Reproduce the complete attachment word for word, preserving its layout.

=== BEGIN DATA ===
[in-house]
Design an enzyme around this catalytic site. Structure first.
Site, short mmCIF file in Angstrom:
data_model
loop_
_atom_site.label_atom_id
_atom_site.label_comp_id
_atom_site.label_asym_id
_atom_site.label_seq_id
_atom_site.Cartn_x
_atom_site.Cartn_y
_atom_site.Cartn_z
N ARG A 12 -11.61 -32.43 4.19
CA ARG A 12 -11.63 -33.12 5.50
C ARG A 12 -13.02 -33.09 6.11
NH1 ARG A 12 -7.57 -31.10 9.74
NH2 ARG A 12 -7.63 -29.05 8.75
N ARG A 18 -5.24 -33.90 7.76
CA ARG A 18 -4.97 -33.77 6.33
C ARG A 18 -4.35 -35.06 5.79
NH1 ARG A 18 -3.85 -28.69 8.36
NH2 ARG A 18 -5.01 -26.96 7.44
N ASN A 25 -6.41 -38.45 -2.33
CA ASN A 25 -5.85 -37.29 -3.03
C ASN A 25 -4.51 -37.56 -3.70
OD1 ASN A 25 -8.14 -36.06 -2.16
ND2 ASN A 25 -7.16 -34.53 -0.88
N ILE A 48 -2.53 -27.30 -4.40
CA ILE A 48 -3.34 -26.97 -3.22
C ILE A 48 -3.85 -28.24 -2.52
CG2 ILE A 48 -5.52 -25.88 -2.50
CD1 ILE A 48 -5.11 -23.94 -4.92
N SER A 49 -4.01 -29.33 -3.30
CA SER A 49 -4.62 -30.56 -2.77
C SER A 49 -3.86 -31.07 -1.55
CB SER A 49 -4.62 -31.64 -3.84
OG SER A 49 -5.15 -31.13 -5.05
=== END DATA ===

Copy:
[in-house]
Design an enzyme around this catalytic site. Structure first.
Site, short mmCIF file in Angstrom:
data_model
loop_
_atom_site.label_atom_id
_atom_site.label_comp_id
_atom_site.label_asym_id
_atom_site.label_seq_id
_atom_site.Cartn_x
_atom_site.Cartn_y
_atom_site.Cartn_z
N ARG A 12 -11.61 -32.43 4.19
CA ARG A 12 -11.63 -33.12 5.50
C ARG A 12 -13.02 -33.09 6.11
NH1 ARG A 12 -7.57 -31.10 9.74
NH2 ARG A 12 -7.63 -29.05 8.75
N ARG A 18 -5.24 -33.90 7.76
CA ARG A 18 -4.97 -33.77 6.33
C ARG A 18 -4.35 -35.06 5.79
NH1 ARG A 18 -3.85 -28.69 8.36
NH2 ARG A 18 -5.01 -26.96 7.44
N ASN A 25 -6.41 -38.45 -2.33
CA ASN A 25 -5.85 -37.29 -3.03
C ASN A 25 -4.51 -37.56 -3.70
OD1 ASN A 25 -8.14 -36.06 -2.16
ND2 ASN A 25 -7.16 -34.53 -0.88
N ILE A 48 -2.53 -27.30 -4.40
CA ILE A 48 -3.34 -26.97 -3.22
C ILE A 48 -3.85 -28.24 -2.52
CG2 ILE A 48 -5.52 -25.88 -2.50
CD1 ILE A 48 -5.11 -23.94 -4.92
N SER A 49 -4.01 -29.33 -3.30
CA SER A 49 -4.62 -30.56 -2.77
C SER A 49 -3.86 -31.07 -1.55
CB SER A 49 -4.62 -31.64 -3.84
OG SER A 49 -5.15 -31.13 -5.05